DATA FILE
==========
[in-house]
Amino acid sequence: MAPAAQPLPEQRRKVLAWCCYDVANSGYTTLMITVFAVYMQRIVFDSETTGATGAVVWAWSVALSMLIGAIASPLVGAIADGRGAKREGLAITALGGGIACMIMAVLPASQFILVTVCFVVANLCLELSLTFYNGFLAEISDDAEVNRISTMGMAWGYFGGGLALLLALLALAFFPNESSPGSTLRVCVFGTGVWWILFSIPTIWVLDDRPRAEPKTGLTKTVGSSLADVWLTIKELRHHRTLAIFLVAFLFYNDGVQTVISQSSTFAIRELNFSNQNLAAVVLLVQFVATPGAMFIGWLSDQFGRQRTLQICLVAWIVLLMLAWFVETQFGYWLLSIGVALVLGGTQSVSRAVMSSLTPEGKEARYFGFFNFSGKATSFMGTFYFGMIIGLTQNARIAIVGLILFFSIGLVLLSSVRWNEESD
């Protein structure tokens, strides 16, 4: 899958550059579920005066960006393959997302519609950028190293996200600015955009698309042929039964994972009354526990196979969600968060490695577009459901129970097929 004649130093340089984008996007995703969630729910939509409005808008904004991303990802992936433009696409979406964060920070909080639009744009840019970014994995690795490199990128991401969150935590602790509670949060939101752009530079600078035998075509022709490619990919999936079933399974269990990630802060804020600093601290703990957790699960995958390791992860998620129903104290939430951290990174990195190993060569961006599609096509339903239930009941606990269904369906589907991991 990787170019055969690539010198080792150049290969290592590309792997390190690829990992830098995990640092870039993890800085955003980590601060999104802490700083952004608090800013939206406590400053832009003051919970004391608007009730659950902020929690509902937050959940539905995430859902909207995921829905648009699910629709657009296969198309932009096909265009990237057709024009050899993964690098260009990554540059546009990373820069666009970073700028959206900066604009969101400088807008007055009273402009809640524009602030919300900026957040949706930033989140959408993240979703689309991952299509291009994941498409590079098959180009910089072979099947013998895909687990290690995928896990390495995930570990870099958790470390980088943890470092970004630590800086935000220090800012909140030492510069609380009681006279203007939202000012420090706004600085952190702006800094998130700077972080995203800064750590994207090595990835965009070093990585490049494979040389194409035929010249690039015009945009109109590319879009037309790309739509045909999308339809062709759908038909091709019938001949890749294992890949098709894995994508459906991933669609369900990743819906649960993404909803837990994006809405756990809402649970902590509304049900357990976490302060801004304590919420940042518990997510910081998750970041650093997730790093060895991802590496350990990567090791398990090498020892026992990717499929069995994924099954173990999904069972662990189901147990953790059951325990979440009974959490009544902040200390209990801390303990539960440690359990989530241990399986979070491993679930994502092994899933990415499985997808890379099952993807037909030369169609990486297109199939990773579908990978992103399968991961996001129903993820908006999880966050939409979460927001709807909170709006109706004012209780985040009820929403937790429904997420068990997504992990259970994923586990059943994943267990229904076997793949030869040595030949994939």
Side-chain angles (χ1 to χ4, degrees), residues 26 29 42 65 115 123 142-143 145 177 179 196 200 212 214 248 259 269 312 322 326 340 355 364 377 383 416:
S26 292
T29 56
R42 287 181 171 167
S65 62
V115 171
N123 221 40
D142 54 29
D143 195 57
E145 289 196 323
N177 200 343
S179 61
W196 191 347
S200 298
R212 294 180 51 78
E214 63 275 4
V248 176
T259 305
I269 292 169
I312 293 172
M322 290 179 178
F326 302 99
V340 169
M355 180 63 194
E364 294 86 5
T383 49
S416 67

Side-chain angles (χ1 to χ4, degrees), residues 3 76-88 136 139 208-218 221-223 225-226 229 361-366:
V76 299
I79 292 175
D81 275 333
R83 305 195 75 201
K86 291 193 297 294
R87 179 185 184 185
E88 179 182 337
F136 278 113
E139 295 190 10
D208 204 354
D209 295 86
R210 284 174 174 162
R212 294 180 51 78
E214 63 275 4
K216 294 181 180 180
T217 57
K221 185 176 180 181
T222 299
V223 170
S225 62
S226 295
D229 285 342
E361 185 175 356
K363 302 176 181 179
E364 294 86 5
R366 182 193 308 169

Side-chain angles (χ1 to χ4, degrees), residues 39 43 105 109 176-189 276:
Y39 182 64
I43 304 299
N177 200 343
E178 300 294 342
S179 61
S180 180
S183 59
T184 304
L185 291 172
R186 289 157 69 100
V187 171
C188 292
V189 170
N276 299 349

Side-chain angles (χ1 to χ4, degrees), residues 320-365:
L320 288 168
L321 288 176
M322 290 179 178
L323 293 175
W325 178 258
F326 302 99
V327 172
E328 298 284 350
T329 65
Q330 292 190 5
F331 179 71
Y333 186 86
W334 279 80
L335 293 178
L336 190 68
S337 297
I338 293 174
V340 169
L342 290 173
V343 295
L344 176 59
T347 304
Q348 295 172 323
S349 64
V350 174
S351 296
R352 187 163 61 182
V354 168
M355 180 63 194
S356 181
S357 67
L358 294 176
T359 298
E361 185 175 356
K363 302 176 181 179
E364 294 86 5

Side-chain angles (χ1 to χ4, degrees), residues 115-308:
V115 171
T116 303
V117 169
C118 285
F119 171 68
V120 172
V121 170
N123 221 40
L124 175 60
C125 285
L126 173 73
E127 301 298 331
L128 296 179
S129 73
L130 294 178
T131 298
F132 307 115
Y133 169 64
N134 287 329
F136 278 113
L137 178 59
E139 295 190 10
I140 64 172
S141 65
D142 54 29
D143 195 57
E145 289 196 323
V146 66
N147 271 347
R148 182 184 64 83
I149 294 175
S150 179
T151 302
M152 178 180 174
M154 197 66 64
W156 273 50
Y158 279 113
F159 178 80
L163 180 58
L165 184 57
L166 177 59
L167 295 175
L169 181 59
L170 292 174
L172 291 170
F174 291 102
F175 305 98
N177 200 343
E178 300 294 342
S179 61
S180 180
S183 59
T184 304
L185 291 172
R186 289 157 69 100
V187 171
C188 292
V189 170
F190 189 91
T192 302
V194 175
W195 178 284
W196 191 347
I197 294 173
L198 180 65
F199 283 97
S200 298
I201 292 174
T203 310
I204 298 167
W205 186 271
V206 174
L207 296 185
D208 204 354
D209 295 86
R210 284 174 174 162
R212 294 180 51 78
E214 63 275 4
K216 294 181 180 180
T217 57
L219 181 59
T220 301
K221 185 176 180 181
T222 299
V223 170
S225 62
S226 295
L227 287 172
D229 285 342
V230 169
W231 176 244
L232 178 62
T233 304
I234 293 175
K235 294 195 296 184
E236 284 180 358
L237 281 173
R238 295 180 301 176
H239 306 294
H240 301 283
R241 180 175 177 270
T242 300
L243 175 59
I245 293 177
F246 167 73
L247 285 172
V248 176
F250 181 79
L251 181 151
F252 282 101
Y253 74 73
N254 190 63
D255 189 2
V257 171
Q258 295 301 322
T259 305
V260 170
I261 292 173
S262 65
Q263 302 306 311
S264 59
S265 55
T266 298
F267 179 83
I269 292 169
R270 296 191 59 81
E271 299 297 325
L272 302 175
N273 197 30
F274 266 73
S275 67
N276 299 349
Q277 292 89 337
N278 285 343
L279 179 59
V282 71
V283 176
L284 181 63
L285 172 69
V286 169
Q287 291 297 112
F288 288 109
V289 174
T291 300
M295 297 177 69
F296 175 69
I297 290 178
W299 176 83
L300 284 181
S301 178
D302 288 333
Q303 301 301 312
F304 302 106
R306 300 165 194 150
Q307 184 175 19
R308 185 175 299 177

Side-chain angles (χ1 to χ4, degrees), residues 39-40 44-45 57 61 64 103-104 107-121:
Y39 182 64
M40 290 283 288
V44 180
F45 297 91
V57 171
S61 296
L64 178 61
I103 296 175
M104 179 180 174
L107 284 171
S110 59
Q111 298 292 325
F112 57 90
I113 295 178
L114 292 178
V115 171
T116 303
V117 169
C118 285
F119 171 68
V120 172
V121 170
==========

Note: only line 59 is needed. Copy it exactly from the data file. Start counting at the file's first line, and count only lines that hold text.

Y39 182 64